2012 saw a great number of weather and climate related stories hit the mainstream media. Not only was there a lot of heat, but there was also a TON of rain. 2012 saw some wild weather.
Record heat waves. Melting Ice. Floods. Droughts.
2012’s weather went to some unprecedented places, and lead to a compilation of costly and dangerous disasters.
In Canada, 80 percent of Oysters never made it past the larval stage in hatcheries. This die off is being attributed to ocean acidification, which are being driven by CO2 emissions escalating. An Study in april confirmed the theory. Meanwhile the Arctic Ocean shrank to its smallest point ever: 1.32 million square miles. That’s less than half the area occupied by Ice a mere three decades ago. Greenland also lost ice, when in July a NASA satellite revealed that an Ice sheet, responsibly for covering 80 percent of Greenland has shrunk rapidly.
In 4 days, over 90% of the ice sheet had begun to melt.
The United States saw its share of Flooding and disasters, as warmer oceans and melting arctic ice helped steer hurricanes towards the North East coastline, most notably being Sandy. Rising sea levels made the impact that much more severe. Other parts of the US experienced the opposite, as record temperatures affected 80% of the country. July alone saw 4,420 separate daily records being broken or tied. Wildfires burned almost 9 million acres and rolling thunderstorms cut power lines to 4.2 million american homes.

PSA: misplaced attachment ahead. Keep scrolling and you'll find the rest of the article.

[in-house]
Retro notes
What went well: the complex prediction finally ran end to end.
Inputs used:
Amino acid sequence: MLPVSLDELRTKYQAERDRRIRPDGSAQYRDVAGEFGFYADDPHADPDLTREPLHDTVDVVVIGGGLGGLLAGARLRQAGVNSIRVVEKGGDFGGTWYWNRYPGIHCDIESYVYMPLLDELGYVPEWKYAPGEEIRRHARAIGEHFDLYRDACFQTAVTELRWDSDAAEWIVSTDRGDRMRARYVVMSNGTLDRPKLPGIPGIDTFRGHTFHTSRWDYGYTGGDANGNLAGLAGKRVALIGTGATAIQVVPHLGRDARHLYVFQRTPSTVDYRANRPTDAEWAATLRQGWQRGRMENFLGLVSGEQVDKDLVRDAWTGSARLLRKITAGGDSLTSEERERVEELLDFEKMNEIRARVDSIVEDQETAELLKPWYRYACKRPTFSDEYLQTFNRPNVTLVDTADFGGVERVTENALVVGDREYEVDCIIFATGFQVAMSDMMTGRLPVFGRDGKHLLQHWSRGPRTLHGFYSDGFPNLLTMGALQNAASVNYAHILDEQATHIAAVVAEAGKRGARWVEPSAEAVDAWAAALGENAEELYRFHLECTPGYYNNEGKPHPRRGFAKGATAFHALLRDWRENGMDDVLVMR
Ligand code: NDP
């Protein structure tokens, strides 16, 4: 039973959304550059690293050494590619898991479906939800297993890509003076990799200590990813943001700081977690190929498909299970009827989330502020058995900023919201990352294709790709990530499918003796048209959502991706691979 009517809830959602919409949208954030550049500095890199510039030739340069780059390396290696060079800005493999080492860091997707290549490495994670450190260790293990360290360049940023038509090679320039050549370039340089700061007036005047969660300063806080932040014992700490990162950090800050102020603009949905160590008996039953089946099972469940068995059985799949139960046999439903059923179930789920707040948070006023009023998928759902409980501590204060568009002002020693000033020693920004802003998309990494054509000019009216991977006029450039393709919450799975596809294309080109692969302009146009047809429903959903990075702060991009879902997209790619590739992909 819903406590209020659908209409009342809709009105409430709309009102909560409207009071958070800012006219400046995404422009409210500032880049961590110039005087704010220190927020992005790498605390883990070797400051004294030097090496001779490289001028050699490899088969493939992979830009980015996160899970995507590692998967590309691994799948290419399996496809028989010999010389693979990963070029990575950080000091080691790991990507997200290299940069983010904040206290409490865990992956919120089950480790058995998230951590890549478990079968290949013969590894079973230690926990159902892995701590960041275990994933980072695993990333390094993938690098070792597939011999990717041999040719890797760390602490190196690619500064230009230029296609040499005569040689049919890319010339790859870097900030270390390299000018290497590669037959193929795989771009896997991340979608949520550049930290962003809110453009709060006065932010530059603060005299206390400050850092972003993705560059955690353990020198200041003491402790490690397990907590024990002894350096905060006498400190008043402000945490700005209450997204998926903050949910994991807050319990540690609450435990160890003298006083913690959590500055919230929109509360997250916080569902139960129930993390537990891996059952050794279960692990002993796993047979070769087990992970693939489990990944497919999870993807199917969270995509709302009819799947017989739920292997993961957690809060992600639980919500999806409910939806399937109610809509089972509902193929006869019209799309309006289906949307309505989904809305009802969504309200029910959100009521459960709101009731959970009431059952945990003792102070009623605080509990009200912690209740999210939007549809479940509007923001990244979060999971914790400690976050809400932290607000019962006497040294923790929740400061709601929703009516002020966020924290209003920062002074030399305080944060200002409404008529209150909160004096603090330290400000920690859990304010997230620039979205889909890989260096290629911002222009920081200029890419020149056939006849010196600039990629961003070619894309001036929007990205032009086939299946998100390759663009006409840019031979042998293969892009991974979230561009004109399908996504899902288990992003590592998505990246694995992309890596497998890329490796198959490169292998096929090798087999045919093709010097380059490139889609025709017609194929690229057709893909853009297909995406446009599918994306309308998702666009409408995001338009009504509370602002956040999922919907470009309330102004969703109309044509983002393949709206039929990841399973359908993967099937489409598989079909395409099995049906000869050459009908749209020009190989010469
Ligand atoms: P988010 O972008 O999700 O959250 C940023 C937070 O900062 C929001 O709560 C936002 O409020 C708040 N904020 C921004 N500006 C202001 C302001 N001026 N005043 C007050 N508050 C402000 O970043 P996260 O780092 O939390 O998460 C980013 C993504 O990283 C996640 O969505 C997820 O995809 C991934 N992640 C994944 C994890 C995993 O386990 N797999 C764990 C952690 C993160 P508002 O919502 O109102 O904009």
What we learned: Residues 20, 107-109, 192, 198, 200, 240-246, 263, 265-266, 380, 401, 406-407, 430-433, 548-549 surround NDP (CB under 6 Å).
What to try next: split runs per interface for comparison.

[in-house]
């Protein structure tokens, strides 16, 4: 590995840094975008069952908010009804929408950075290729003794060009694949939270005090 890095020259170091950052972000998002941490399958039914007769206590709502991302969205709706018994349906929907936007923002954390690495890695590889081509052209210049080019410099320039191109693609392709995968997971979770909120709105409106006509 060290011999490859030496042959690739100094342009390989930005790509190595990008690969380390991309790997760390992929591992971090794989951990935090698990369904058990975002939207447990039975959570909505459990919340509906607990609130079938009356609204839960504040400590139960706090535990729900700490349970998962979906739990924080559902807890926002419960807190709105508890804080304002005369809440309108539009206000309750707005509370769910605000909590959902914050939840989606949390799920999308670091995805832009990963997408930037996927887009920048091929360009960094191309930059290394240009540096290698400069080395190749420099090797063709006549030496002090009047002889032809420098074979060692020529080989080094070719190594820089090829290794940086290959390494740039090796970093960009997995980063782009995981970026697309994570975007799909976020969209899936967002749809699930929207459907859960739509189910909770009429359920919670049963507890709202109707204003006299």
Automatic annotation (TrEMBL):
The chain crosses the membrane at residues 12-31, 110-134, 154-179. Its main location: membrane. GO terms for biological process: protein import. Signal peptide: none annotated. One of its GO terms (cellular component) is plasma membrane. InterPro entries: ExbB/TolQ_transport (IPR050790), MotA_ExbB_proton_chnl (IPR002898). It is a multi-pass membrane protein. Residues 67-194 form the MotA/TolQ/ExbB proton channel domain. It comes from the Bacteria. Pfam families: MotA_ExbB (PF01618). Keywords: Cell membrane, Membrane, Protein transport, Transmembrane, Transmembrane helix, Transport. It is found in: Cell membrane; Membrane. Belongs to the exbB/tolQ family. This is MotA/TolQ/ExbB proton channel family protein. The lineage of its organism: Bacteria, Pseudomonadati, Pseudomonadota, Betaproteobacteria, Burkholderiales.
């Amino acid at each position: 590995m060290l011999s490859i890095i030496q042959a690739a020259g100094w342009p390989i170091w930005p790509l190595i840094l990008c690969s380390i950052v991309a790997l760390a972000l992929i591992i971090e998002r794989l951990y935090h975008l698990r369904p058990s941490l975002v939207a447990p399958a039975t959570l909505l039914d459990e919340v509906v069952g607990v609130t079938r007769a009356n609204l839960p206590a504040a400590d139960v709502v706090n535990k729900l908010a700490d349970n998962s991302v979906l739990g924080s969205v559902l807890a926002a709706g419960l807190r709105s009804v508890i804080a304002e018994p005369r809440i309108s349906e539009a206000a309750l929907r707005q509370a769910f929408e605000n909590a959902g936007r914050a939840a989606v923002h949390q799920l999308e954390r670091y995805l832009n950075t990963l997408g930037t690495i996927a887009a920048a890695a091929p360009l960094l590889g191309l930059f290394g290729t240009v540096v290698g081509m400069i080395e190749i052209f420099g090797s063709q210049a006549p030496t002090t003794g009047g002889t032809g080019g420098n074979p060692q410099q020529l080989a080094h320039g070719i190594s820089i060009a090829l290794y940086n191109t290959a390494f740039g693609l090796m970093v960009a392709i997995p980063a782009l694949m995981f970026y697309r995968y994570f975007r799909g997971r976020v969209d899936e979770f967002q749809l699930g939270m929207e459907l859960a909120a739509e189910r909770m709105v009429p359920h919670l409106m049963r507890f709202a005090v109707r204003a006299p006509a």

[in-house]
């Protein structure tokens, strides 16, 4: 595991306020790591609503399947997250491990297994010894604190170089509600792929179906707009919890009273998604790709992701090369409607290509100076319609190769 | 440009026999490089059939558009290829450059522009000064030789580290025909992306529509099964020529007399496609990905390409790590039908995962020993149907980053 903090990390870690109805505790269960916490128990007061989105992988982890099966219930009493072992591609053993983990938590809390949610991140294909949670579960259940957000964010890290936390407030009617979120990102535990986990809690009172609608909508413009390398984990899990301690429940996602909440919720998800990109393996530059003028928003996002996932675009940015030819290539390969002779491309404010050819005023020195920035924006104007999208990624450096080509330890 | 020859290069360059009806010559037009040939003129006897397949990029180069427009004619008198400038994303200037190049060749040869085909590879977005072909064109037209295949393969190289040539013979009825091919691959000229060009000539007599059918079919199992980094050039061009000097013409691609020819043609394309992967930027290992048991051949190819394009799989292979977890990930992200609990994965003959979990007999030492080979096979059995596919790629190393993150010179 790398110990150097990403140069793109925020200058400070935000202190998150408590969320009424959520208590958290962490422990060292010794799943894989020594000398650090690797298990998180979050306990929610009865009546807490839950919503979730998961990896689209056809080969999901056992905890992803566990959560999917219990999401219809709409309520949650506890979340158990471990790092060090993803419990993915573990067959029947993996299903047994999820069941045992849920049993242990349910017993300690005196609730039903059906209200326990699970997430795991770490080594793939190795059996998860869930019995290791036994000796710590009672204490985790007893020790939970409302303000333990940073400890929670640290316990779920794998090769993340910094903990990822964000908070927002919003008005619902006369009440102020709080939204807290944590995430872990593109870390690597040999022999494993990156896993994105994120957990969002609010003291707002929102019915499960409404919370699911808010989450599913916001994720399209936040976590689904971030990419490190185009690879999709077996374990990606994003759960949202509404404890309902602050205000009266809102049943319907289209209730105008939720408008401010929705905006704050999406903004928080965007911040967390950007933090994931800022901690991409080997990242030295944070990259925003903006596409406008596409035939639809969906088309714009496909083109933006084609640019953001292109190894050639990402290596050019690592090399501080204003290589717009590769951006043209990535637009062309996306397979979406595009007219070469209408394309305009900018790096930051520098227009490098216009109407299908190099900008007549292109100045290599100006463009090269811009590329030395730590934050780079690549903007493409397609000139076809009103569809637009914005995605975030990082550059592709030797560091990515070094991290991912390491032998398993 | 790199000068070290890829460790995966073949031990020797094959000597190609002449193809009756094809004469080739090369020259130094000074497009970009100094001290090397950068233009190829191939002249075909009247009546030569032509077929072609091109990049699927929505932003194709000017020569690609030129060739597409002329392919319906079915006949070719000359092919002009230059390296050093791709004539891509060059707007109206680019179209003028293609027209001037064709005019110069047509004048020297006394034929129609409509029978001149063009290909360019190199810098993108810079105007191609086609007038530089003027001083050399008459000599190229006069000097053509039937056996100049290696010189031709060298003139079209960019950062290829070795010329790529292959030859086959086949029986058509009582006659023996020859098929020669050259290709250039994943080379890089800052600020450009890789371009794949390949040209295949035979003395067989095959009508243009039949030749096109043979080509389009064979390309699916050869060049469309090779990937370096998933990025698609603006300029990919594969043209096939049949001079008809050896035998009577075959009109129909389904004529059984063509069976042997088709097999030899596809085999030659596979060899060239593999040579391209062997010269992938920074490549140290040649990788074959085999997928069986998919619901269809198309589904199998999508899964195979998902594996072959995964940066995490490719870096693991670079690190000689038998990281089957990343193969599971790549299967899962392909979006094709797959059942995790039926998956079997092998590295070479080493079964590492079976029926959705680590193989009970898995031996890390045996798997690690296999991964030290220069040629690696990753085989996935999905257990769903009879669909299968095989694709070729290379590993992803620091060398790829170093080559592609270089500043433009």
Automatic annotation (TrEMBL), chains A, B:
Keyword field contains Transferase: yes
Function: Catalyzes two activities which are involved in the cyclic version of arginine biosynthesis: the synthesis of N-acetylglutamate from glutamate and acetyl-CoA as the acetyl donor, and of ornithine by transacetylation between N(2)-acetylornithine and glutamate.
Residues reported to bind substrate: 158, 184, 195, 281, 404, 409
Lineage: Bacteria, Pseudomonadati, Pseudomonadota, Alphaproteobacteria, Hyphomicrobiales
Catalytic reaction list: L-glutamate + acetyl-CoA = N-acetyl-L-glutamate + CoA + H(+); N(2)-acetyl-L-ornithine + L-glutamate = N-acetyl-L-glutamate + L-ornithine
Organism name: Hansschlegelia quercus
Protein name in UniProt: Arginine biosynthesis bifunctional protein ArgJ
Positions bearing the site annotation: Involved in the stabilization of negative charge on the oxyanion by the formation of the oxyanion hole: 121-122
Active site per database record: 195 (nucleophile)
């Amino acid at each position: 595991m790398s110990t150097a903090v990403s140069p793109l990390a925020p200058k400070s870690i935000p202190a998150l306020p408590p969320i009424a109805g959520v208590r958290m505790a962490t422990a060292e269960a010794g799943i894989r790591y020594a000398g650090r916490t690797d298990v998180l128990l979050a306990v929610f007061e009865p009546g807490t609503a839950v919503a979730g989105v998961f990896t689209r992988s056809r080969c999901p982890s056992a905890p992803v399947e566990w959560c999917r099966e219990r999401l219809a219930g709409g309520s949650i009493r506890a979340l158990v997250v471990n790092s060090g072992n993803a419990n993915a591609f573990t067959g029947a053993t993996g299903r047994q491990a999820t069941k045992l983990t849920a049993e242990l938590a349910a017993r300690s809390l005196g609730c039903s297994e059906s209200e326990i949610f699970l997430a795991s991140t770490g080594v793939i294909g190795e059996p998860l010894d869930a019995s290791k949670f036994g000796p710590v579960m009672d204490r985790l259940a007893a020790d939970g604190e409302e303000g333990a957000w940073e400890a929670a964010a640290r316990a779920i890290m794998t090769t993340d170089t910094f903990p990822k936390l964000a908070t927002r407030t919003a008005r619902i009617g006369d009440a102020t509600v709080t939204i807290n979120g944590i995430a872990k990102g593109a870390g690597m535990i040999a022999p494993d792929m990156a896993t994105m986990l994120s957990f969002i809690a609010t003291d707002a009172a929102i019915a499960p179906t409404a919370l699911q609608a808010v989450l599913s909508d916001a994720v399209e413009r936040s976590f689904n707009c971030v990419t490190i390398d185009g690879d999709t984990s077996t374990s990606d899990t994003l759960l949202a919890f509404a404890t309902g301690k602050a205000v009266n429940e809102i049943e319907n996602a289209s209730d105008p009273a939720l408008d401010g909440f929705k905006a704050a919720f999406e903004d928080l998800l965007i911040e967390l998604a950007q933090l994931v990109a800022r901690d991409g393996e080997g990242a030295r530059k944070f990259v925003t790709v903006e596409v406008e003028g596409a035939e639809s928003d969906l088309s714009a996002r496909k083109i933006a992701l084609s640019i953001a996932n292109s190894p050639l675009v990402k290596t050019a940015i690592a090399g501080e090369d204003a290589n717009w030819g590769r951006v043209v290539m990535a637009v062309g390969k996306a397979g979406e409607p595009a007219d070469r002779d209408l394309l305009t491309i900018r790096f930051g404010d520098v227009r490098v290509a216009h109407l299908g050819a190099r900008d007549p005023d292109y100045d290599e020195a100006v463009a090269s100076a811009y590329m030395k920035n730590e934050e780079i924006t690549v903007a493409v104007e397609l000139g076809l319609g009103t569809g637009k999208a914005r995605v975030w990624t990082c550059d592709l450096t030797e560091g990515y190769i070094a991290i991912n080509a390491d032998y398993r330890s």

India’s summer monsoon, which are usually responsible for 3/4 of the country’s rainfall failed to materialize. The lack of water caused a national drought for the country as well as lower levels at hydroelectric damns, causing power outages that left 1.2 billion people in the dark for 2 days in July – the largest blackout in history.
Flooding was also rampant in Africa, where the worst flooding in 40 years displaced 1.4 million people, claimed 431 lives and left 120,000 homeless. May through July saw vast amounts of rain fall on Yunnan province in China. 38 million people were affected by flooding and landslides and 1.3 million were evacuated. The economic losses were thought to be in the $6.2 Billion range, and the flooding damaged 1 million acres of farmland.
Australia also saw floods, as an intense La Nina system caused heavy monsoons. Rising waters were a concern for about 70 percent of New South Wales, where about a third of country lives. Off shore, however, The Great Barrier Reef was discovered to have lost more than half its total coverage over the past 27 years. A report than came out in October blamed intense storms, invasive species, and coral bleaching, caused by warming oceans.